Last week’s episode is a good example of everything Shadowhunters can do right, combining all of the action-packed fight scenes with plenty of heart and adding a couple of emotional punches to keep the stakes high enough not to be boring. With Jace and Clary’s quick reunion being cut short after their dive into the East River, the episode soon shifted from what could have been a commonplace rescue mission to one man’s race to save his brother, which turned out to be infinitely more rewarding.
For all the commitment to giving the supporting characters more of a role so far this series, ‘Parabatai Lost’ did appear to take a step back by foregoing that in favour of a Jace-centric episode. But, cut as it was with Magnus’ attempts to save Alec and flashbacks to the Lightwoods growing up and training together, it still felt like a well-rounded episode – and you definitely can’t fault Dominic Sherwood’s commitment to the cause. Left without his steele and his weapons, in this episode Jace becomes little more than a mundane who can fight, and Sherwood takes him from beat up and desperate to weary and determined with ease.Of course, the show does still seem to be treating Isabelle (Emeraude Toubia) the most unfairly, diminishing her to being the emotional support to both Clary and her brother while never receiving any storylines of her own. In fact, so much of Isabelle’s character is ‘worried sister’ that even when the opportunity to cause real conflict in her family unit presents itself, it falls flat purely because you know she’ll be forgiven for it.
So, with a distinct lack of real conflict and the relatively safe knowledge that Alec won’t actually die, ’Parabatai Lost’ may be a bit of a non-entity when it comes to plot but its focus on character and relationships makes it worthwhile. Generally, Shadowhunters has a tendency to take the pre-established relationships for granted, but here we saw Clary and Simon’s long friendship reaffirmed, with Clary actually helping and supporting her friend through a crisis rather than abandoning him for the shadowhunter cause.
More importantly, though, we also saw Jace’s deep-rooted love for Alec and the strength of the parabatai bond, which until now has been left unexplained or generally felt quite one-sided on Alec’s part. And, honestly, if you only watch this episode for one reason, make it the closing five minutes.
‘Day of Wrath’And so onto this week, and the appropriately titled ‘Day of Wrath’, where more characters doesn’t necessarily mean more excitement, but they do prove to be the best way to reiterate that the shadowhunters are at war by killing a few of them off. After a slow start to figure out where we are again with some of the storylines, this week soon turned into the kind of bloodbath that leaves characters shaken – and out for revenge.
Jace’s imprisonment in the City of Bones seems to have given him time to ruminate on his demon blood origins and it provides an ideal moment for Clary and Jace to discuss some of the things that have been left unsaid between them this season, which leads to Jace trying to push Clary away to save her from being used to hurt him by Valentine. Clary, meanwhile, puts a lot of stock on sticking by her family, which is only tested all the more when Jocelyn is given the order to relocate to Idris.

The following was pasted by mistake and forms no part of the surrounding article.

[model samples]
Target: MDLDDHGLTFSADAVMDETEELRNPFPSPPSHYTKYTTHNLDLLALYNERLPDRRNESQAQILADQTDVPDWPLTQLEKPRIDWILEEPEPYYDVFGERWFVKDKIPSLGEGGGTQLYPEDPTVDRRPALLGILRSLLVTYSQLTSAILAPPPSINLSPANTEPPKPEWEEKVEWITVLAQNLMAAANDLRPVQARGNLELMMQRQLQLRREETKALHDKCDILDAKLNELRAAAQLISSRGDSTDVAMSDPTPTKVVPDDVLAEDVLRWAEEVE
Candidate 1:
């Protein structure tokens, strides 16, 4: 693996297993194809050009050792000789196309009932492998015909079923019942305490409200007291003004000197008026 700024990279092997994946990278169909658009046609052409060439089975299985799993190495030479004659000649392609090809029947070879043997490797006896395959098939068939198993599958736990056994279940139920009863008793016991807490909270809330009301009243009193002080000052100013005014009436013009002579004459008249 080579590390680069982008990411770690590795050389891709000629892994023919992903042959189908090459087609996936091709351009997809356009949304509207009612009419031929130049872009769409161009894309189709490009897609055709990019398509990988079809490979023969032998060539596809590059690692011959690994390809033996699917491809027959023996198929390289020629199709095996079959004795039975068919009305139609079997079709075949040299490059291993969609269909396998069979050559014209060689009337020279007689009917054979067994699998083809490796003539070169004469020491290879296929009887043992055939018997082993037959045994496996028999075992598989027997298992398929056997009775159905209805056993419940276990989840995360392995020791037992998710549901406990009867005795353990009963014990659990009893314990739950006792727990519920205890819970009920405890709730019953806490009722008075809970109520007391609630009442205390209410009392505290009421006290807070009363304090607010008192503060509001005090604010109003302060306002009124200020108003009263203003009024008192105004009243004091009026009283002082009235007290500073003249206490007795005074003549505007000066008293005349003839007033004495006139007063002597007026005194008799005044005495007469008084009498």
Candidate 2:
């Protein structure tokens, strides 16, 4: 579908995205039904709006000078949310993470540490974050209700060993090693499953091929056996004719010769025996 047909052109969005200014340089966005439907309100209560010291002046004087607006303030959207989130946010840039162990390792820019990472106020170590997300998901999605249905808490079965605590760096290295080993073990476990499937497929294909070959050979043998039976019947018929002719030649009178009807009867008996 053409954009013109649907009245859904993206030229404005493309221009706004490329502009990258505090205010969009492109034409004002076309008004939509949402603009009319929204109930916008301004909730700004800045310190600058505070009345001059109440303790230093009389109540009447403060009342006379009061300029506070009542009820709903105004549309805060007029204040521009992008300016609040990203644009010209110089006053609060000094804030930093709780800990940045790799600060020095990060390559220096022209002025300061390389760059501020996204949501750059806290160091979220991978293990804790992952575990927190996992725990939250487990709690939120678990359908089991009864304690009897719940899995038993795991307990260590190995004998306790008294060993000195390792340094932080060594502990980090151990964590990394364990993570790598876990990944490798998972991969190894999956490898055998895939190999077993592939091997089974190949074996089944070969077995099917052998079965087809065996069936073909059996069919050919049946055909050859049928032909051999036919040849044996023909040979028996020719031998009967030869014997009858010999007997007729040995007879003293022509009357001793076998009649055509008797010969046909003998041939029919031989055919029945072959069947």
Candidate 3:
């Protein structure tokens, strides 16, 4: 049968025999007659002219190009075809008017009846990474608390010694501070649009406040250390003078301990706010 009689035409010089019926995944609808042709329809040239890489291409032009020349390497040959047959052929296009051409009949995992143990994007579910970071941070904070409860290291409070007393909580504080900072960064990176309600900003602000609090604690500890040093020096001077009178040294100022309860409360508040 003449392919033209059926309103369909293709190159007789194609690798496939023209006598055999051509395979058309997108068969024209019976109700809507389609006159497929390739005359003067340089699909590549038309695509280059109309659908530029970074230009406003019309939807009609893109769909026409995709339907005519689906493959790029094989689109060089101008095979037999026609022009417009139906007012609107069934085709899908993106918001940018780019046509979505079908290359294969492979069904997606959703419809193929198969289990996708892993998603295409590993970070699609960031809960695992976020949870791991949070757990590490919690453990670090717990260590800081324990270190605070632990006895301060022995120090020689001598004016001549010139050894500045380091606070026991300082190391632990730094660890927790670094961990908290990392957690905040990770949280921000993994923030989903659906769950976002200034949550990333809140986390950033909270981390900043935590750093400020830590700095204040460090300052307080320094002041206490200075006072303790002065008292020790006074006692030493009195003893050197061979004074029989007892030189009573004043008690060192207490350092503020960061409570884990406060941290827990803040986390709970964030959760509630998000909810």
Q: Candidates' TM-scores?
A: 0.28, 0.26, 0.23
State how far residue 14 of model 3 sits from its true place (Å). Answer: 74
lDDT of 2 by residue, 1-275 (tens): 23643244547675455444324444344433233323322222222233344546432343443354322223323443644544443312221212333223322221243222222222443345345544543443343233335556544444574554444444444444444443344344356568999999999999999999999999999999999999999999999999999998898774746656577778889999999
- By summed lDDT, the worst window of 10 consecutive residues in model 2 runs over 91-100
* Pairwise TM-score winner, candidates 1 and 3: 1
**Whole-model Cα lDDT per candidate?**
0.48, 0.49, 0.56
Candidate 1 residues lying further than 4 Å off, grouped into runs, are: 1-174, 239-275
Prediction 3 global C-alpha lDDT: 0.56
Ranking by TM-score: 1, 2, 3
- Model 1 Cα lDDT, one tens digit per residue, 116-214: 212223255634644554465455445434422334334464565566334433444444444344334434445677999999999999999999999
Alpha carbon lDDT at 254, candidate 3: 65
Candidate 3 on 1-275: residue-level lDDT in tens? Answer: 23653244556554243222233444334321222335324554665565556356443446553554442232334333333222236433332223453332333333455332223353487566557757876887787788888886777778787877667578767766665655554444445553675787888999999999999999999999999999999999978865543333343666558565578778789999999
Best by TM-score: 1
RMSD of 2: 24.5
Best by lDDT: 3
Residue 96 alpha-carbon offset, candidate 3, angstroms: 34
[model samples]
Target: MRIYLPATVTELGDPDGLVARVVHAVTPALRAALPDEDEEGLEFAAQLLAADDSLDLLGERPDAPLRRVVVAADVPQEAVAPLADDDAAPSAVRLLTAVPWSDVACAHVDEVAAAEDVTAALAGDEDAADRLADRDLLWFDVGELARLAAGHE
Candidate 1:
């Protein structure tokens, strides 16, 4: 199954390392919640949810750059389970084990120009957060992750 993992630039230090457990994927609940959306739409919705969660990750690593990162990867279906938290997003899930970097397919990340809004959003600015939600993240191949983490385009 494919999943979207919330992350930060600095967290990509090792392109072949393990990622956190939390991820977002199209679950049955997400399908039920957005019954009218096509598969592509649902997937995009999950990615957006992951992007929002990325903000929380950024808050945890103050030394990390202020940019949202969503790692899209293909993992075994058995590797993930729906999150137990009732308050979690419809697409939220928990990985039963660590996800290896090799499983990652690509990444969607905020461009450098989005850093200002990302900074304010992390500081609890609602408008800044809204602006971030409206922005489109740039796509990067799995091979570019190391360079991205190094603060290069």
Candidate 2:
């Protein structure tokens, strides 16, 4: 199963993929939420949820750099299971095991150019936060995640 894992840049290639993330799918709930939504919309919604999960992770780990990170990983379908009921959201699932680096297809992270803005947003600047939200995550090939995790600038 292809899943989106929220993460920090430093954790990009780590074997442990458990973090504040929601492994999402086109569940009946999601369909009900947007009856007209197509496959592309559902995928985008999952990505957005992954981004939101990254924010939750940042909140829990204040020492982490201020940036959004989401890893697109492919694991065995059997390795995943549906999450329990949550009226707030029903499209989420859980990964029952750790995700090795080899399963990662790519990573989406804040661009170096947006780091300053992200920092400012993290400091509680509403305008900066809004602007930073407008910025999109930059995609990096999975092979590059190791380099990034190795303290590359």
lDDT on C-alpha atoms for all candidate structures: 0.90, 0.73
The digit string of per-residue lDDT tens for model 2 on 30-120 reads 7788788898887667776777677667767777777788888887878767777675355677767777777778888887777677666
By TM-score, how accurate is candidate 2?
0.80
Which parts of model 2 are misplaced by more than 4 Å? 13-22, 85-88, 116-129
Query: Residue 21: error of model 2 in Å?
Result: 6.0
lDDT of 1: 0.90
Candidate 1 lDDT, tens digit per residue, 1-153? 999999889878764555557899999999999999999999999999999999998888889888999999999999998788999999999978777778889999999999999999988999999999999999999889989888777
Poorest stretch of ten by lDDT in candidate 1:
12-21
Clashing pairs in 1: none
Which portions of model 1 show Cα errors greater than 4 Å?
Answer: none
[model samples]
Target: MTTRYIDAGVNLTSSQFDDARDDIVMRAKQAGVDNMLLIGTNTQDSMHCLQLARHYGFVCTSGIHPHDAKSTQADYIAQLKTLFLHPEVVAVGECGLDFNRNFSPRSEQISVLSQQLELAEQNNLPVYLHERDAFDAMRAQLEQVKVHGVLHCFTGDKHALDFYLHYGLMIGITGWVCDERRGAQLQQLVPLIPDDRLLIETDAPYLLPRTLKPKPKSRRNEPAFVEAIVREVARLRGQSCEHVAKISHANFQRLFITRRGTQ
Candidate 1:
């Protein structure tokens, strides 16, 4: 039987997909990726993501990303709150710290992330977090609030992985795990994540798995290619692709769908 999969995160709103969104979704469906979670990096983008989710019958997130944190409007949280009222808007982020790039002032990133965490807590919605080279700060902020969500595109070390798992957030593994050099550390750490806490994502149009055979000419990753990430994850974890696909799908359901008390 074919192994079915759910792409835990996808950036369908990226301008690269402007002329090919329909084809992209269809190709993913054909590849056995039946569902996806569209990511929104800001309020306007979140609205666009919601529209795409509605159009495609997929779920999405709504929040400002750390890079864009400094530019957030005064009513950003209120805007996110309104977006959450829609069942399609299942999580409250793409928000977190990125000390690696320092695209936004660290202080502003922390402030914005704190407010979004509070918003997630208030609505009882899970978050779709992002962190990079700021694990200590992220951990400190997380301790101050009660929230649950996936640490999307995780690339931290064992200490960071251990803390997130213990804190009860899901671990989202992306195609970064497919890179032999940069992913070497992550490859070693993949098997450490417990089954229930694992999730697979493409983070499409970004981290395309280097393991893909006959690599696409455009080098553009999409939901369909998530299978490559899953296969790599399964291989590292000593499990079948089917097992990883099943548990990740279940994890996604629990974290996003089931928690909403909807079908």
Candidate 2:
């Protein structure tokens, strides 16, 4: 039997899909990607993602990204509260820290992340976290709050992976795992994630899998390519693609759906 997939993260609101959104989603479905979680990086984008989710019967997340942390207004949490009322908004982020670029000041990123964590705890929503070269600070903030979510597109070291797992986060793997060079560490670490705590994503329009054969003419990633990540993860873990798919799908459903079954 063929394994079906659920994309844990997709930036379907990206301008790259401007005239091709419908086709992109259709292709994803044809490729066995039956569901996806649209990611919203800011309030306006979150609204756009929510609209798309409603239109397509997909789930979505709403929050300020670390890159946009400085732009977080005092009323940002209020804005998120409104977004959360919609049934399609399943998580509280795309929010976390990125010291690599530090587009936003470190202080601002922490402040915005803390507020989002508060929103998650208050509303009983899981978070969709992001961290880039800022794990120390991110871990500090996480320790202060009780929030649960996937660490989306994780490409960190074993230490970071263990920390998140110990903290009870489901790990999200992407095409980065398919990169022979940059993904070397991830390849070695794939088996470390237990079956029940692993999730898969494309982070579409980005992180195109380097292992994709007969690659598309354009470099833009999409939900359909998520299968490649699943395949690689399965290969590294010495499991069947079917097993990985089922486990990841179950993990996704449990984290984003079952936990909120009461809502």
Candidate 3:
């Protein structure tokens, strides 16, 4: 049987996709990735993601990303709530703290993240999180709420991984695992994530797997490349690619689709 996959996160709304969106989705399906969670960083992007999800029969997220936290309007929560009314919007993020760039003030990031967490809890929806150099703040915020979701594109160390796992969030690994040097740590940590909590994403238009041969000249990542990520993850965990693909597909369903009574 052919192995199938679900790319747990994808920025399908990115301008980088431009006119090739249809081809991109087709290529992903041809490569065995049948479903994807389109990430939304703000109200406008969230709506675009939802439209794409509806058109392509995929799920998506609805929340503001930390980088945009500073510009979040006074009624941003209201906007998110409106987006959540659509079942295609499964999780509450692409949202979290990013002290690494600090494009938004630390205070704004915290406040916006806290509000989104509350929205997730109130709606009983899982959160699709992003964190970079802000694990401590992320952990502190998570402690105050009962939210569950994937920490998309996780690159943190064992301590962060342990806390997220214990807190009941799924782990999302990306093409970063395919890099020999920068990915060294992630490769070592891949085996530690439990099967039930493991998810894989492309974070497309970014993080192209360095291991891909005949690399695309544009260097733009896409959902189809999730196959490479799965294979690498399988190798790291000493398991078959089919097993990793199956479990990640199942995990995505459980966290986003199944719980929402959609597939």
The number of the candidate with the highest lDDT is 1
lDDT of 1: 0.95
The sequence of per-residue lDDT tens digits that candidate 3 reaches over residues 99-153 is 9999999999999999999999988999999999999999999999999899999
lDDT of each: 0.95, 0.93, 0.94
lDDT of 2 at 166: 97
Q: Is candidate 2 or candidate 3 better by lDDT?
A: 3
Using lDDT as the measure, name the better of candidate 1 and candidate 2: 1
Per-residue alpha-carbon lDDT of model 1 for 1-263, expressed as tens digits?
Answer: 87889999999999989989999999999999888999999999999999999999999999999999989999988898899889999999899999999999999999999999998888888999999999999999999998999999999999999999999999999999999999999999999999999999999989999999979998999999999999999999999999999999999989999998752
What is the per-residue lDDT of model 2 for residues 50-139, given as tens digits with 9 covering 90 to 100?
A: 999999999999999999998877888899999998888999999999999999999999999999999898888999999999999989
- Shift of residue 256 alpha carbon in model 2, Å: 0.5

It’s Jace’s trial by the soul sword, though, and Valentine’s attack on the prison that plays out the best, and all the more so as it happens as the Institute is fighting off their own demon attacker. At the same time Jace is forced to admit that he doesn’t completely disagree with Valentine’s plan to wipe out all downworlders (and that he can’t pledge his unconditional loyalty to the Clave), Clary, Isabelle and Alec are on lock down in the Institute, with a demon they think has been modified by Valentine and who is possessing them and forcing them to kill, ultimately leaving Jocelyn dead by Alec’s (kind of) hands.At times it’s felt like Shadowhunters didn’t really know what to do with Jocelyn as she moved from being the first season’s MacGuffin into a character in her own right, but I think killing her off could ultimately prove to be the best decision. There’s no doubt that Jocelyn’s death is likely to prove a huge pivotal moment for the series: it’s already spurred Clary into becoming more of a deadly focused shadowhunter when she needed to be, and it’s shifted the dynamic between her and Alec in an interesting new way that goes beyond his seeing her as purely dead weight – not to mention given Alec another moral dilemma to wrestle with.
But, once again, it’s also the opportunity to revitalise the series with a whole new set of questions and storylines to explore, pitting the quiet, reflective moments against the chaos of war – and the now very real threat that Valentine is building a deadly army of shadowhunters and demons, that aren’t afraid to kill. If “the descent into Hell is easy”, ‘Day of Wrath’ proved just how quickly things can fall apart. It’s a shame that the episode’s many great parts took attention and satisfaction from the good, but the best compliment I can give this series right now is that every time an episode ends it comes too quickly, and next week’s episode always seems just a bit too far away.